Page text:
Through a combination of direct grants totaling over $63,000 and individual member-directed donations of over $26,000, the women’s group raised over $90,000 this past season. Since its inception in 2006, Cullasaja Women’s Outreach has invested well over $600,000 in the Highlands and Cashiers area not-for-profits — a phenomenal amount for an independent grassroots organization made up of about 80 women from the Cullasaja Club community.
The highlight of this year’s fundraising was a gala toasting the Real Housewives of the Highlands Plateau, held September 8. It was a festive evening in which CWO members walked the red carpet and were made to feel like the stars of the community they are. The celebration-of-giving event brought CWO members and their families into the spirit of giving. Funds raised through the event were awarded to 17 area organizations through a sophisticated grants process led by CWO Grant Co-Chairs Lindy Colson and Stevie Hinel. Individual awards ranged from $1,200 to $5,000.
This year’s grant recipients included: B.E.A.R., WNCA; Big Brothers/Big Sisters; the Blue Ridge Free Dental Clinic; Community Care Clinic of Highlands-Cashiers; Fishes & Loaves Food Pantry; Girls on the Run of Western NC; Highlands Community Child Development Center; Highlands Emergency Council; Highlands Historical Society; Highlands-Cashiers Land Trust; The Gathering Table Inc.; International Friendship Center; IFC/Food Pantry; Literacy Council of Highlands; the Martin-Lipscomb Performing Arts Center; The Peggy Crosby Service Center and The Bascom.
Working with the Community Foundation of Western North Carolina, CWO has established a CFWNC-CWO Charities fund. This special fund allows members to designate the recipients of their donations directly, or to make donations to the CWO Charities General Fund, which are disbursed each fall when the organization completes its annual grant process.
“The word philanthropy originates from the Greek phrase ‘a love of humanity’ — caring, nurturing, developing and enhancing what it is to be human,” says CWO Executive Director Margaret Eichman. “Our members espouse that concept. We share a mission of reaching-out to each other, and to the community, through philanthropy, volunteerism and friendship to make our world a better place…how better to do that, than to start in our own backyard?”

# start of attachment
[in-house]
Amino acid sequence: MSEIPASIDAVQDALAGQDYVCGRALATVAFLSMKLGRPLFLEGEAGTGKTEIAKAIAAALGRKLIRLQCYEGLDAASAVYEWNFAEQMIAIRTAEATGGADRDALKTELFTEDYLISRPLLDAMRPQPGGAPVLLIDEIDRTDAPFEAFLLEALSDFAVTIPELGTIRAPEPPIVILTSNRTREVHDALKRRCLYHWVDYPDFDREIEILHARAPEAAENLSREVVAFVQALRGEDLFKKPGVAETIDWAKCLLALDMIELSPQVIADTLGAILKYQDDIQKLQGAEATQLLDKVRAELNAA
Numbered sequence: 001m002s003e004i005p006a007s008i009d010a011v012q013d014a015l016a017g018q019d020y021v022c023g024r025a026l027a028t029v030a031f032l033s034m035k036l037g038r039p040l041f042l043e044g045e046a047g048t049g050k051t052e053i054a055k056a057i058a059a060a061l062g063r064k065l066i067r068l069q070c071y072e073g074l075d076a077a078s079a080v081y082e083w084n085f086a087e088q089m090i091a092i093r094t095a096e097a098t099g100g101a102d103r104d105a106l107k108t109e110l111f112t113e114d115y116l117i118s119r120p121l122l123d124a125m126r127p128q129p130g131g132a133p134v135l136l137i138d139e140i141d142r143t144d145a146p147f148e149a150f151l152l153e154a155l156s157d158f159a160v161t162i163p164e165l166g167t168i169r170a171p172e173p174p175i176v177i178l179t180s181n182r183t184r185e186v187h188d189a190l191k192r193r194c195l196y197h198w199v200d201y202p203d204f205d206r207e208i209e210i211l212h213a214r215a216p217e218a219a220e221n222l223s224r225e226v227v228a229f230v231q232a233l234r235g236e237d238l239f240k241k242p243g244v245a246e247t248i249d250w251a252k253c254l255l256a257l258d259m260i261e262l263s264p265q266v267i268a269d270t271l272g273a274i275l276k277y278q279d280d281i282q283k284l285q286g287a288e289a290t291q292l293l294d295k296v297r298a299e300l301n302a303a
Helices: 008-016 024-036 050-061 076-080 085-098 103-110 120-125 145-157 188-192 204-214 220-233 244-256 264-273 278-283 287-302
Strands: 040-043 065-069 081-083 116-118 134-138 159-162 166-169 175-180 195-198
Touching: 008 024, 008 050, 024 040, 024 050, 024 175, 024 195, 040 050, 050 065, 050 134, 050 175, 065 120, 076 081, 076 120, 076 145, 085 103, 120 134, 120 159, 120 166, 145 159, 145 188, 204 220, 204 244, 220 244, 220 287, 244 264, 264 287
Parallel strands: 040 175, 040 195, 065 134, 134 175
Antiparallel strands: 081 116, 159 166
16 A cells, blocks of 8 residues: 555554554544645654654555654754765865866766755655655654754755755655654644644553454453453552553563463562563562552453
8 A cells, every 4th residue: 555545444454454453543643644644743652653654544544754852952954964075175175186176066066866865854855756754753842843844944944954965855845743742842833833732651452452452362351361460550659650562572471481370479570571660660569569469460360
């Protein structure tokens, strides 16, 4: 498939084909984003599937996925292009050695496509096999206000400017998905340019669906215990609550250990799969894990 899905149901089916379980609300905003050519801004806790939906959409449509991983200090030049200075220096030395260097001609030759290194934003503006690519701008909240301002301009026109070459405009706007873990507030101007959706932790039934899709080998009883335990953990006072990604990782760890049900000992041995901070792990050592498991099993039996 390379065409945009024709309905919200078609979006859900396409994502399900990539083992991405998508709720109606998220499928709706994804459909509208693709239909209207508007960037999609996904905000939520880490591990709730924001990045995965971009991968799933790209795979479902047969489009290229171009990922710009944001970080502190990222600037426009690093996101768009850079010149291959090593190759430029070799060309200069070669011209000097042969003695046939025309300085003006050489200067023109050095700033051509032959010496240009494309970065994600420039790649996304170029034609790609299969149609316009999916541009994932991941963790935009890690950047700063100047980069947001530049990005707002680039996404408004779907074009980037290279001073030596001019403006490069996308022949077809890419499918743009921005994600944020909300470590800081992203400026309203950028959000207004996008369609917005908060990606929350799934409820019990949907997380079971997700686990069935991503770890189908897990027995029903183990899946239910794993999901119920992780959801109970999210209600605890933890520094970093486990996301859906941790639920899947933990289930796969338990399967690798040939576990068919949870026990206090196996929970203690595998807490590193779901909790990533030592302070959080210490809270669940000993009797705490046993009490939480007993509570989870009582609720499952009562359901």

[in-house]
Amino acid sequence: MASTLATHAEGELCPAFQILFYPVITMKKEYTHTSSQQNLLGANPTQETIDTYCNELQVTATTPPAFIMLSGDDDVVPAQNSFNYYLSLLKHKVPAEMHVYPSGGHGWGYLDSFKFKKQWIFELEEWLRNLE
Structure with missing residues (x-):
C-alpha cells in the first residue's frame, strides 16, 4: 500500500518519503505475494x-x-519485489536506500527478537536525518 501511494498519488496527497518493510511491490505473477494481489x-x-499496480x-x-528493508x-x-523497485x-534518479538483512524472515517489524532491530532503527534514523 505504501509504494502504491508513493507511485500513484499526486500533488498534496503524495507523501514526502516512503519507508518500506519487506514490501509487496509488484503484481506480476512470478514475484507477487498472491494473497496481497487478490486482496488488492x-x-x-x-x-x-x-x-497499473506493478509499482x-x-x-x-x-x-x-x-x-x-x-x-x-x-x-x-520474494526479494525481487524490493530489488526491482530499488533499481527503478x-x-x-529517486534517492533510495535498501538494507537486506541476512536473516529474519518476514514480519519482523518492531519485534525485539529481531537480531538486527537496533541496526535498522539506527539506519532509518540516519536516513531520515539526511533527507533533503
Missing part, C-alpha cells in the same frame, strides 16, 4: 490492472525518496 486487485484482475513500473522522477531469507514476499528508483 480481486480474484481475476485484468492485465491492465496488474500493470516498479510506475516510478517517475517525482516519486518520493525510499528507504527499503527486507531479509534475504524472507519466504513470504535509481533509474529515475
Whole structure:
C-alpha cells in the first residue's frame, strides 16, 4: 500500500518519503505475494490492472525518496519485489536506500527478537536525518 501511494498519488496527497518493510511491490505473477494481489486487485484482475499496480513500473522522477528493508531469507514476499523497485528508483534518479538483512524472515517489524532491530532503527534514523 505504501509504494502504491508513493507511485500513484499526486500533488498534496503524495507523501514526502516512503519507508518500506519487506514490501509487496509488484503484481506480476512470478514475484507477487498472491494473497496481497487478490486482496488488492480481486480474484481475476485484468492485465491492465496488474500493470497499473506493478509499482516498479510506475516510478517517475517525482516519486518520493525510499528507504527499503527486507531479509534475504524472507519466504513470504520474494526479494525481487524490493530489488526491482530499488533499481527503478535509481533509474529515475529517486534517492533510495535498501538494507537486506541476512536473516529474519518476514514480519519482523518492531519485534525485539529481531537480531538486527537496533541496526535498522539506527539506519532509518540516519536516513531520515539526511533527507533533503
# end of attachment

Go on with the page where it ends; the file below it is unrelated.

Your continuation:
“Our ladies are the true celebrities of the community,” noted Executive Director Frazer McCrorey. “Together, Cullasaja Women’s Outreach is building a legacy of love and sharing with the Highlands-Cashiers community that grows stronger each year.”

Laurel Garden Club

Laurel Garden Club  President Nancy Nichols presents a check for $1,299.19 to John Stowers, Executive  Director for  interpretative signage on the North Carolina Bartram Trail from Jones Gap to White Rock.

Laurel Garden Club President Nancy Nichols presents a check for $1,299.19 to John Stowers, Executive Director for interpretative signage on the North Carolina Bartram Trail from Jones Gap to White Rock.

As a result of profits from Laurel Garden Club’s Kitchen Tours, grants are funded twice per year. One of the recent grants was approved to assist in funding of the North Carolina Bartram Trail educational signage.
Funds were recently requested from The North Carolina Bartram Trail Society to purchase and install 20 interpretive plant, wildflower, and tree signs to educate hikers and other visitors about the native plants in these areas. Signs will be located on the trail from Jones Gap to White Rock. They will be built by Gooder Graphics in keeping with other approved forest service signs: a standing post type with an angled sign at the top. These funds are part of an ongoing Grants Initiative by Laurel Garden Club. Monies are requested that further the interest of horticulture and conservation during two grant cycles that end January 30 and June 30 of each year. These particular grant funds were matched by a private donor.

Contributed by Brenda Manning  |  Photography by Ann Sullivan, Laurel Garden Club Grants Co-Chair.

 

Friends for Life

New Executive Director Kimba Colley Nichols

New Executive Director Kimba Colley Nichols